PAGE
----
It has been widely reported that Representative Tom Price, chair of the House Budget Committee, will put forward a budget resolution that comports with the caps on spending dictated by the Budget Control Act (BCA). This means that the Pentagon’s base budget will remain around $499 billion instead of the $534 billion the Obama administration requested. It remains unclear, however, what will happen with the overseas contingency operations (OCO) account, which is exempt from the BCA spending caps. The Obama administration requested $50.9 billion for OCO for fiscal year 2016.

A close look at the administration’s OCO request, however, suggests that something fishy is going on. Most of the OCO dollars—$42.5 billion—are meant for operations in Afghanistan. Based on the Pentagon’s estimate that it will average 5,853 active-duty service members in Afghanistan in 2016—admittedly, a figure the administration is said to be revisiting—the per service member average works out to be around $7.2 million. As Todd Harrison of the Center for Strategic and Budgetary Assessments has shown, the average cost per service member in Afghanistan between 2005 and 2013 was $1.2 million. In FY2014, that figure increased to $2.3 million, and it was $4.6 million in the administration’s FY2015 budget request.

Pentagon officials claim that the increased cost per service member is due to the need to refurbish equipment and transport forces out of Afghanistan. But Harrison demonstrates that past war funding requests also included funds for those purposes. The increase in the cost per service member is most likely due to items shifted from the base budget to exempt the funds requested from both scrutiny and the BCA caps.

What, if anything, will Congress do about this?

Some in Congress, including House Armed Services Committee Chairman Mac Thornberry, have expressed interest in transitioning away from OCO. But until that happens, Congress has shown few qualms about allowing the Pentagon to continue to use OCO as a slush fund. As former Pentagon comptroller Robert Hale noted in an interview with Jeremy Herb of Politico’s Pro Defense site, “Well, a dollar is a dollar, and OCO isn’t subject to the caps. So I think the problem will be political. There’s a gray area in OCO. … Therefore, there may be some potential for softening the blow, so to speak, through adding to OCO.”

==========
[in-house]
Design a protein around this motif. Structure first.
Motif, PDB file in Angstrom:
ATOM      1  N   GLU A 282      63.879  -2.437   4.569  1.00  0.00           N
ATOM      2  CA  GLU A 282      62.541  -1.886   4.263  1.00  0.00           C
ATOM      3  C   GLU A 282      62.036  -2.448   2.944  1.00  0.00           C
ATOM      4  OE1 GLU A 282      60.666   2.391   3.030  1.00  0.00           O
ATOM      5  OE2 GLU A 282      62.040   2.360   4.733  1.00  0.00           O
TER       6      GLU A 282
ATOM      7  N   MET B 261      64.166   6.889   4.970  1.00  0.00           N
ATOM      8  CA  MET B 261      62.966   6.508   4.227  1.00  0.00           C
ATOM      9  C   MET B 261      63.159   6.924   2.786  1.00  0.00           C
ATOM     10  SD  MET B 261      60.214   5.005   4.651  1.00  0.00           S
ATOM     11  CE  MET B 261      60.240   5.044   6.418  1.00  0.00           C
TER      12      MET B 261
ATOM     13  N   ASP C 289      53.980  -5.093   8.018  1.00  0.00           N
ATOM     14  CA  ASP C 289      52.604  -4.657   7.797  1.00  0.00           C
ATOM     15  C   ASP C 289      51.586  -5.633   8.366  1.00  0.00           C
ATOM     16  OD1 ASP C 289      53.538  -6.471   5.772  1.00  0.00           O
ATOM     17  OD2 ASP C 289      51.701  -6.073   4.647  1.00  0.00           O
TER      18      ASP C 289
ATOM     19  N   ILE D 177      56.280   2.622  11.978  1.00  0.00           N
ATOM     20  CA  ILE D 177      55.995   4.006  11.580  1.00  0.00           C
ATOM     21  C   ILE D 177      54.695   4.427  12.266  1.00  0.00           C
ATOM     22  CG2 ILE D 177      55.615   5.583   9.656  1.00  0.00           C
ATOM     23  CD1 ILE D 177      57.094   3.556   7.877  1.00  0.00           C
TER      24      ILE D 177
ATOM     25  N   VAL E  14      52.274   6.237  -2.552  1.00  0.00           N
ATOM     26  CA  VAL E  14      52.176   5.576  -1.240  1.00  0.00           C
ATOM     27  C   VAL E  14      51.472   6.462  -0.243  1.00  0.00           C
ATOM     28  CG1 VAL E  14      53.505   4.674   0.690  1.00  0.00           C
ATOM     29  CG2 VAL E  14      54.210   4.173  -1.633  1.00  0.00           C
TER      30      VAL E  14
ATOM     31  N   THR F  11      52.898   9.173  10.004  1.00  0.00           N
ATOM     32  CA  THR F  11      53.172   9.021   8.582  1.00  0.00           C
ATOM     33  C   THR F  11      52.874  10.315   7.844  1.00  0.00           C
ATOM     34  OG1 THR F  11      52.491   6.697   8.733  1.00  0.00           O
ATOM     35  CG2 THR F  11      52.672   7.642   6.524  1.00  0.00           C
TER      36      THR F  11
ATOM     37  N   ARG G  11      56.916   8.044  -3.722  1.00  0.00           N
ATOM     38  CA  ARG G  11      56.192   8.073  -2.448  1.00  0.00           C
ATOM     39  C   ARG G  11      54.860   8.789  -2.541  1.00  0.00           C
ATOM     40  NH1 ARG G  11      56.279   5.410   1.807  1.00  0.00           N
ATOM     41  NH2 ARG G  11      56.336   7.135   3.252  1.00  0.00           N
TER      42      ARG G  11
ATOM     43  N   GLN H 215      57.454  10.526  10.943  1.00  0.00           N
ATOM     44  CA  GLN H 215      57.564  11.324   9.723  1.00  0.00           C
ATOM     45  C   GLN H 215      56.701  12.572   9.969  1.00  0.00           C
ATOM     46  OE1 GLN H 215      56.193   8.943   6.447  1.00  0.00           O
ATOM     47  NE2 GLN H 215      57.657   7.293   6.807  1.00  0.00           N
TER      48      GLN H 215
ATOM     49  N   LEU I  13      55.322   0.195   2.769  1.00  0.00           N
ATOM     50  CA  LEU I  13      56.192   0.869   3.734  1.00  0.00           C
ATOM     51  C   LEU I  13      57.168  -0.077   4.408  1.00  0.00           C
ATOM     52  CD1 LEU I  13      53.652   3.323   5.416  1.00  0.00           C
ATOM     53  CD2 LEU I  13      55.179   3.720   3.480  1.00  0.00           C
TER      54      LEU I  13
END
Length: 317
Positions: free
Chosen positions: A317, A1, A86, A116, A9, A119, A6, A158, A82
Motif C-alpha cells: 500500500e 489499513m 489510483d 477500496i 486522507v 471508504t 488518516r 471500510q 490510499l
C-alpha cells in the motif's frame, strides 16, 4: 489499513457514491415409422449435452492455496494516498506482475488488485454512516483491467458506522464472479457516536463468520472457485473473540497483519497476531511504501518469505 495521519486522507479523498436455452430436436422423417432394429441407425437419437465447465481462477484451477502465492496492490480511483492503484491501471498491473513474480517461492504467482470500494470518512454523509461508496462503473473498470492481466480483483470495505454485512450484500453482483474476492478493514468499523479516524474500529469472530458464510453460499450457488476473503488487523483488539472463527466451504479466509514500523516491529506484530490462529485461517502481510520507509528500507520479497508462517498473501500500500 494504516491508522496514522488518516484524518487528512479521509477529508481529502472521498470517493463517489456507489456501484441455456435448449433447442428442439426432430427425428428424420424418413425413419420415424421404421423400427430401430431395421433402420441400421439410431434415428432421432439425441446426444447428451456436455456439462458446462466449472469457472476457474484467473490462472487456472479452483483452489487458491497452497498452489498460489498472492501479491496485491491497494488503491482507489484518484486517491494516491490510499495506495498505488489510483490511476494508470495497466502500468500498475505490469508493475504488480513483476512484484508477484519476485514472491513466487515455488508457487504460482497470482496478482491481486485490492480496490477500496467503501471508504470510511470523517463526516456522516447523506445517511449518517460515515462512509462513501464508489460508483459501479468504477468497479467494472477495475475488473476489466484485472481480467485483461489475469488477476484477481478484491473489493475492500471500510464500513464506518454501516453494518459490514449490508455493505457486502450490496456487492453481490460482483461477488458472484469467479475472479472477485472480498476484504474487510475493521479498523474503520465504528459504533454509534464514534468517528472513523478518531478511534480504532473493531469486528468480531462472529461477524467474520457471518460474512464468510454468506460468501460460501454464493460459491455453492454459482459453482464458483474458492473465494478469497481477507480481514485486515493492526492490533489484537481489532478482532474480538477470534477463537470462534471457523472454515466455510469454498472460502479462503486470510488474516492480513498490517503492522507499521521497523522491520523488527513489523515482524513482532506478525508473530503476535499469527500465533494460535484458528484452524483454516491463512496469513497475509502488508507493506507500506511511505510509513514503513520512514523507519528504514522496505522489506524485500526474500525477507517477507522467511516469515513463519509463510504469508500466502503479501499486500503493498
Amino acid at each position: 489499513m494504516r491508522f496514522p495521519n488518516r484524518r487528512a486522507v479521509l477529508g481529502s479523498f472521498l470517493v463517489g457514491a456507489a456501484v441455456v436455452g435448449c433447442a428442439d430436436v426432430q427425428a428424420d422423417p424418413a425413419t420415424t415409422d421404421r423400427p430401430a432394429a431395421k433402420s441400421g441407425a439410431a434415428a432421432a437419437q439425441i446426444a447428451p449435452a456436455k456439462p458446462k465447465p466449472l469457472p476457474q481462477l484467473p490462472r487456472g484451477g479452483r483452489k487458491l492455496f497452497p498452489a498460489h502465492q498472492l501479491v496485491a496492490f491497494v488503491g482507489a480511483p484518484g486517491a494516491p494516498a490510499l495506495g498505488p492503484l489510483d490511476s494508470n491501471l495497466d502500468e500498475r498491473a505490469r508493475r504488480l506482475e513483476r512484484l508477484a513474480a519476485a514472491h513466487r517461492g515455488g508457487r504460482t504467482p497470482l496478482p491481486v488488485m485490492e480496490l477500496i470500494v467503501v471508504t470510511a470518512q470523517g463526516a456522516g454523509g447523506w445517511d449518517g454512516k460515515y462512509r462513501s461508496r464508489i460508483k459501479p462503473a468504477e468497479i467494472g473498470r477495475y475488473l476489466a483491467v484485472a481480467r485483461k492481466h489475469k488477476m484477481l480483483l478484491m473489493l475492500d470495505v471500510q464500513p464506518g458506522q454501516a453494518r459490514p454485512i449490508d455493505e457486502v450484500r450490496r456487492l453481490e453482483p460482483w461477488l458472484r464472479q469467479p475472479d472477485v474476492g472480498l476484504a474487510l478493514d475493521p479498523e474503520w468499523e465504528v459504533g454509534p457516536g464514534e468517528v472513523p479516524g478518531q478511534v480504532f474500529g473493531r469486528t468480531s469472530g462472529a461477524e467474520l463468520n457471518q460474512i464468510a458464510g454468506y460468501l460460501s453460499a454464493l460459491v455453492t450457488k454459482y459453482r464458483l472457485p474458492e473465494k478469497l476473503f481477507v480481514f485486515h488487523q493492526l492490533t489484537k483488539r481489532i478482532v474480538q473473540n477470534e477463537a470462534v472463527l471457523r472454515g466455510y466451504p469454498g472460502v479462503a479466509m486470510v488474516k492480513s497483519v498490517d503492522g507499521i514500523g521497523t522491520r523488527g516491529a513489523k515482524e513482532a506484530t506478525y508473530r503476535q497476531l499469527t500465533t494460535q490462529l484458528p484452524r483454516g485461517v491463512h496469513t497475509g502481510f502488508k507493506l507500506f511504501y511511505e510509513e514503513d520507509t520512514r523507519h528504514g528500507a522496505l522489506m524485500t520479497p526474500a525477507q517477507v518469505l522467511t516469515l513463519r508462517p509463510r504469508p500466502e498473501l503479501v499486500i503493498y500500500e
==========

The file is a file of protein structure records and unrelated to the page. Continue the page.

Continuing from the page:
But “softening the blow,” as Hale puts it, leads to multiple problems. Gordon Adams of American University and Cindy Williams of MIT have identified three problems with the routine use off-budget spending measures such as OCO. First, they generally receive less scrutiny than regular appropriations. Second, they “muddy projections of the federal government’s future fiscal picture” because money spent generally “does not enter into calculations of future deficits by OMB and CBO.” And third, the exemption of such measure from spending caps, such as those established by the Budget Control Act, makes it harder to lower the deficit.

Beyond those reasons, the use of OCO as a slush fund allows the Pentagon to continue avoiding tough decisions about spending. Defense officials are unlikely to make those decisions if Congress continues to let it off the hook. Allowing the administration to shift money to OCO that should be in the base budget does just that.